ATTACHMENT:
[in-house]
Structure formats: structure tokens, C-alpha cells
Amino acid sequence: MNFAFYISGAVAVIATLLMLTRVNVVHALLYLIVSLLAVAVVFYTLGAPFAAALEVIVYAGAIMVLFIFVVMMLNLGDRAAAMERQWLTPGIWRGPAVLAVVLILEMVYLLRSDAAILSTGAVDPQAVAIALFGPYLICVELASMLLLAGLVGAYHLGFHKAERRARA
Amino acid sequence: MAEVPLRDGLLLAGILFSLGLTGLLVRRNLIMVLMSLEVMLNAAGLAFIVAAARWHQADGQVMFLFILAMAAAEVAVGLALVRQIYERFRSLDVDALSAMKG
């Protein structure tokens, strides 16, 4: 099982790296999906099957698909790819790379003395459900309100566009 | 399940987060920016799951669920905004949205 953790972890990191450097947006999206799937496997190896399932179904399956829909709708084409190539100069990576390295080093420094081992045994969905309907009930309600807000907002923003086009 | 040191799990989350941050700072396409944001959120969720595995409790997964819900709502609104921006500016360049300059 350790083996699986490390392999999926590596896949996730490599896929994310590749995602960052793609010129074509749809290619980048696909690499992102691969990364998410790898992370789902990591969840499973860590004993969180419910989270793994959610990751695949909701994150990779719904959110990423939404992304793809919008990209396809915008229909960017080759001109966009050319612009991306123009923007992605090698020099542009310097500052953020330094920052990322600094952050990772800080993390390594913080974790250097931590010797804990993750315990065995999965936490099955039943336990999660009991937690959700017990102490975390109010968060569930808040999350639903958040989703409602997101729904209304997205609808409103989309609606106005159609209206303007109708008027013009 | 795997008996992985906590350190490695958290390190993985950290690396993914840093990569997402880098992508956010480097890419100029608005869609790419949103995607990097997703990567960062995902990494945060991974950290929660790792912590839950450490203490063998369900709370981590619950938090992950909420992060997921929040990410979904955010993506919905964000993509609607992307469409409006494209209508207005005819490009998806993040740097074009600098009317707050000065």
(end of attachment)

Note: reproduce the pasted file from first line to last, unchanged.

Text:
[in-house]
Structure formats: structure tokens, C-alpha cells
Amino acid sequence: MNFAFYISGAVAVIATLLMLTRVNVVHALLYLIVSLLAVAVVFYTLGAPFAAALEVIVYAGAIMVLFIFVVMMLNLGDRAAAMERQWLTPGIWRGPAVLAVVLILEMVYLLRSDAAILSTGAVDPQAVAIALFGPYLICVELASMLLLAGLVGAYHLGFHKAERRARA
Amino acid sequence: MAEVPLRDGLLLAGILFSLGLTGLLVRRNLIMVLMSLEVMLNAAGLAFIVAAARWHQADGQVMFLFILAMAAAEVAVGLALVRQIYERFRSLDVDALSAMKG
């Protein structure tokens, strides 16, 4: 099982790296999906099957698909790819790379003395459900309100566009 | 399940987060920016799951669920905004949205 953790972890990191450097947006999206799937496997190896399932179904399956829909709708084409190539100069990576390295080093420094081992045994969905309907009930309600807000907002923003086009 | 040191799990989350941050700072396409944001959120969720595995409790997964819900709502609104921006500016360049300059 350790083996699986490390392999999926590596896949996730490599896929994310590749995602960052793609010129074509749809290619980048696909690499992102691969990364998410790898992370789902990591969840499973860590004993969180419910989270793994959610990751695949909701994150990779719904959110990423939404992304793809919008990209396809915008229909960017080759001109966009050319612009991306123009923007992605090698020099542009310097500052953020330094920052990322600094952050990772800080993390390594913080974790250097931590010797804990993750315990065995999965936490099955039943336990999660009991937690959700017990102490975390109010968060569930808040999350639903958040989703409602997101729904209304997205609808409103989309609606106005159609209206303007109708008027013009 | 795997008996992985906590350190490695958290390190993985950290690396993914840093990569997402880098992508956010480097890419100029608005869609790419949103995607990097997703990567960062995902990494945060991974950290929660790792912590839950450490203490063998369900709370981590619950938090992950909420992060997921929040990410979904955010993506919905964000993509609607992307469409409006494209209508207005005819490009998806993040740097074009600098009317707050000065």